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Complications in Vascular Access

1.Complications in ports: pinch off syndrome

Ports, fully implanted venous devices, are the longest lasting vascular accesses and offer excellent performance in chronic ill patients, particularly oncological patients. However, the reservoir can lead to certain complications, some well known such as obstruction or infection, and others less frequent, such as pinch off syndrome…

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2.Short Peripheral Catheter: Four Common Problems

As nurses, do we know how invasive it is and what the consequences are of inserting a short peripheral catheter into a vein?

In May/June 2015, the “Journal of Infusion Nursing” dedicated an article to short catheters that states:

“The insertion of short peripheral catheters, the most common invasive procedure in hospitals around the world, is associated with a variety of complications and an unacceptable failure rate of between 35% and 50%, even in the best hands.

This failure has an adverse effect on patients,..

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3.When should I remove a PICC if it is infected?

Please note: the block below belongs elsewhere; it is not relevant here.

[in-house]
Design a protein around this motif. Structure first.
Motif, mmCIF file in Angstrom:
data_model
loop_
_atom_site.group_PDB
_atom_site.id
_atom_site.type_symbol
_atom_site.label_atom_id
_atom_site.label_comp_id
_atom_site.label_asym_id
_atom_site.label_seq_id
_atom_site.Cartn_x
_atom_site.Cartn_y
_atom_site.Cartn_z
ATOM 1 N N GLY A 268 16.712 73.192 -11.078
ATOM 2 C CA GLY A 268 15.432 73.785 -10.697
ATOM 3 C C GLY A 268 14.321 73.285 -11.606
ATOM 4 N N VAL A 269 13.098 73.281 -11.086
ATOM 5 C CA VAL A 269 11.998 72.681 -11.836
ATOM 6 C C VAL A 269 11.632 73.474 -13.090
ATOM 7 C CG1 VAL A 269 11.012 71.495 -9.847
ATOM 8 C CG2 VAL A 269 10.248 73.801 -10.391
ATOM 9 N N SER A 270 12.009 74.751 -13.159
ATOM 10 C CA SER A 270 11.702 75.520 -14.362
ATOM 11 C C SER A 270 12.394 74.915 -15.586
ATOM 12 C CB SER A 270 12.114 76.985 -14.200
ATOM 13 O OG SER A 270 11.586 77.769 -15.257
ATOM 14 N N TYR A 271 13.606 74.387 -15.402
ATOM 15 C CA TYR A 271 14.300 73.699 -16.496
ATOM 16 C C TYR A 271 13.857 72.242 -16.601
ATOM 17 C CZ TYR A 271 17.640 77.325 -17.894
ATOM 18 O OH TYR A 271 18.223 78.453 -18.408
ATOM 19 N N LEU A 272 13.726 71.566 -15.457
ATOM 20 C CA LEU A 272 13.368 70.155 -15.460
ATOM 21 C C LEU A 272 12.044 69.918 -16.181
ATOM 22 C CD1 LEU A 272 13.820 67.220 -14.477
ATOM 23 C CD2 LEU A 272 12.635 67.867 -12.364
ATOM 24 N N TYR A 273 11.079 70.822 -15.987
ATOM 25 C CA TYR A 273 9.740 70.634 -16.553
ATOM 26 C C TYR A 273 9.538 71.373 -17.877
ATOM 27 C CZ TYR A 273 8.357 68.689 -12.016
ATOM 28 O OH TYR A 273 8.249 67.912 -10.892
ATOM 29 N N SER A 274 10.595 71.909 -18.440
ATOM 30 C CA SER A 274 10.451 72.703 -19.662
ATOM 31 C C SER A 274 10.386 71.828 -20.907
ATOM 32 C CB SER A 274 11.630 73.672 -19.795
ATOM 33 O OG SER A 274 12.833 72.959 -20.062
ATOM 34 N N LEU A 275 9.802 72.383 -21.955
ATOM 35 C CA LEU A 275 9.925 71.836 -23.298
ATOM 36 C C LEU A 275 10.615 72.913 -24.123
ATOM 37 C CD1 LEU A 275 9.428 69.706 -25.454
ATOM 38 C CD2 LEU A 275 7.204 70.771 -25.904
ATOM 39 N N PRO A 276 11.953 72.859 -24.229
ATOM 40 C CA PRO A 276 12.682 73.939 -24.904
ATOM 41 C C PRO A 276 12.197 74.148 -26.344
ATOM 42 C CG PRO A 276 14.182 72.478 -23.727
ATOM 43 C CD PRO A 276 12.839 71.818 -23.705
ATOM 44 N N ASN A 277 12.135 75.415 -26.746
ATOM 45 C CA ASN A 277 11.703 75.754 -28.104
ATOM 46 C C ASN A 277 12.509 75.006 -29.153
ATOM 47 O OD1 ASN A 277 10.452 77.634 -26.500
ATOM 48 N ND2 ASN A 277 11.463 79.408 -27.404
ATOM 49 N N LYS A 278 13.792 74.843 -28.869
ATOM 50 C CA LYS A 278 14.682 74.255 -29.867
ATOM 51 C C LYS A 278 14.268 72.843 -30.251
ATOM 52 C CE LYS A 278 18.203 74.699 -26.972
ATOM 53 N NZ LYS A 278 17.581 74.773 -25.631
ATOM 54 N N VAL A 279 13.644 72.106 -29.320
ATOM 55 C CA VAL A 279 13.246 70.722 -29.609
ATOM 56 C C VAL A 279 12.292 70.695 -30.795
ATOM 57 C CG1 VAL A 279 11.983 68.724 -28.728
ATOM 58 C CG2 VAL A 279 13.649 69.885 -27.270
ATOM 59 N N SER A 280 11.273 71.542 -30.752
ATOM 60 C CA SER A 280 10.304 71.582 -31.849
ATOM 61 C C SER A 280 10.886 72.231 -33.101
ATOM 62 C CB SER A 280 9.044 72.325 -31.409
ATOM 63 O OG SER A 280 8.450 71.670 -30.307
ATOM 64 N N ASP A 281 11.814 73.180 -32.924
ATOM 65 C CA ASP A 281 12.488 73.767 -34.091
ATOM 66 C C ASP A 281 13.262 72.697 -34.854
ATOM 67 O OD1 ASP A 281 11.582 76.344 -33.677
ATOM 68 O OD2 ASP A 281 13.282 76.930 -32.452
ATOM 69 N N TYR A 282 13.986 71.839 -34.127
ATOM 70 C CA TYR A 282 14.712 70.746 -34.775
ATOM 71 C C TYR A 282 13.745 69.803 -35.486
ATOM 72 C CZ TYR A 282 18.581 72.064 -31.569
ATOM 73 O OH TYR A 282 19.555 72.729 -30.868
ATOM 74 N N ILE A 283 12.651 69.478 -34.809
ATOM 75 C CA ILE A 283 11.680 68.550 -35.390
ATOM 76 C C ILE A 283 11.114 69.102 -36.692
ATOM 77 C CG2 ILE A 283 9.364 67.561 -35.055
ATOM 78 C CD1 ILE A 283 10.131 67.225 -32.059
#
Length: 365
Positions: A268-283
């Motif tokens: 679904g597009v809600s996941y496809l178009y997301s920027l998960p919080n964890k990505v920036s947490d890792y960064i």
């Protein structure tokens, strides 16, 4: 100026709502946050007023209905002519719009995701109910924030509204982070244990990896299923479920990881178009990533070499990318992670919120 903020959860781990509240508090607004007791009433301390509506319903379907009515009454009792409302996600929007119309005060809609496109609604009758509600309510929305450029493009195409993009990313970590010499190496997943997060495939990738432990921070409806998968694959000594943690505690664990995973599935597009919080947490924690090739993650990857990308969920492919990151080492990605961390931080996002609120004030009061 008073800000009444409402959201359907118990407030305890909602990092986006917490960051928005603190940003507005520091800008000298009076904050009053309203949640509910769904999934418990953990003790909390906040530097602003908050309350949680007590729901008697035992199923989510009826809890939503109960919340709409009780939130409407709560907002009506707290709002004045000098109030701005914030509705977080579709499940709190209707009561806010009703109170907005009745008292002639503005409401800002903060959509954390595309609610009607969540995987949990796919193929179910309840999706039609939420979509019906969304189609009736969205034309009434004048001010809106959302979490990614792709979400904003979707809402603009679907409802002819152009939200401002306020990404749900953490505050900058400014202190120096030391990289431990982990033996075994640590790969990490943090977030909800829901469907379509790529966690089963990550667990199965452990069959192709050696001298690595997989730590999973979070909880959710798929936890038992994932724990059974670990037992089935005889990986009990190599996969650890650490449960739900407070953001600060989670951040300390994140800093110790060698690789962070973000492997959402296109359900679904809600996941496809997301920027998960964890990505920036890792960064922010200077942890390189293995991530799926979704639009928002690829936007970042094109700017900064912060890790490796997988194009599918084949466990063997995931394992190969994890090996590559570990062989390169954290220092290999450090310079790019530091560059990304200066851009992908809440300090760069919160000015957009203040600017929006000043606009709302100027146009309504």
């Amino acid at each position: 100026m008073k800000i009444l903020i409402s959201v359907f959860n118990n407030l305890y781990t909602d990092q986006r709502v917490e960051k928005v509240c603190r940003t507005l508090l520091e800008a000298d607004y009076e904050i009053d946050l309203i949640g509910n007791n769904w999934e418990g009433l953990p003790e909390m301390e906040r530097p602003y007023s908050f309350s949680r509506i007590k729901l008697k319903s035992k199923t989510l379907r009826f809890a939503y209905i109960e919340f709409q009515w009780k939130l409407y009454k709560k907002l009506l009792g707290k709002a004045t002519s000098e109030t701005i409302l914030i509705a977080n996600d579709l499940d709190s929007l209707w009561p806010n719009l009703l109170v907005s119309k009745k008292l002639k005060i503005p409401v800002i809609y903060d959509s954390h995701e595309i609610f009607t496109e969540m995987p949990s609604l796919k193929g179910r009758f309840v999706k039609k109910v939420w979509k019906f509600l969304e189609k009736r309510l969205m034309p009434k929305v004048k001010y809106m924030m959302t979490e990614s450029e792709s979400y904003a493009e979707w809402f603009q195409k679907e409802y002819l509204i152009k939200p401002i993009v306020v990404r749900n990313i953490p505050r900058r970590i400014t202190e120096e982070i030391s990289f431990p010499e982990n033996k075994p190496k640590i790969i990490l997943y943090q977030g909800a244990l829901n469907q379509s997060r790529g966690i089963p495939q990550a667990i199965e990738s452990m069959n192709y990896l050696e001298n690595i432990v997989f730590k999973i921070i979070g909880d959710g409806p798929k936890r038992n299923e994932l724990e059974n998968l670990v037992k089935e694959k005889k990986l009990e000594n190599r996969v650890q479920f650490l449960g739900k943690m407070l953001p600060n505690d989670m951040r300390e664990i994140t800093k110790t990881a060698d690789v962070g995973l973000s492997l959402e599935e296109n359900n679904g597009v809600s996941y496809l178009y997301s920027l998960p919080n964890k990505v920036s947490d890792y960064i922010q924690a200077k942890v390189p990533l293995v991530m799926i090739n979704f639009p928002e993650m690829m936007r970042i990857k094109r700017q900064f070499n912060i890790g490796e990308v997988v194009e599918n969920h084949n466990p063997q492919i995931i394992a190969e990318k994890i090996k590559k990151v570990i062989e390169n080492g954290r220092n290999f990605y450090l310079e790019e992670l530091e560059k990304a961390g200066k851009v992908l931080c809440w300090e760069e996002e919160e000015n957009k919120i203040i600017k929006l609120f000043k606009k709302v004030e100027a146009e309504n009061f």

An increasing number of hospitalised patients require the use of venous access devices (VADs). Intravenous therapy has therefore been a topic of high clinical relevance in recent decades. There are currently several types of catheters, and the choice between them depends on a number of factors:

  • Patient
  • Properties of the infusion product
  • Duration of the treatment.

The introduction of the PICC has undoubtedly revolutionised long-term intravenous therapy and its use is currently on the rise…

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4.Cutaneous Complications in Vascular Access: MARSI

If we consider the skin to be a shield, barrier or a protective layer, it is easy to understand why it is essential to maintain good skin integrity to avoid complications.

Monitoring skin integrity is a nursing skill that is as important as any other, especially in the case of patients with vascular access devices.

Therefore, to help us to better manage vascular access, this article contains some recommendations to avoid medical adhesive related skin injuries (MARSIs)…

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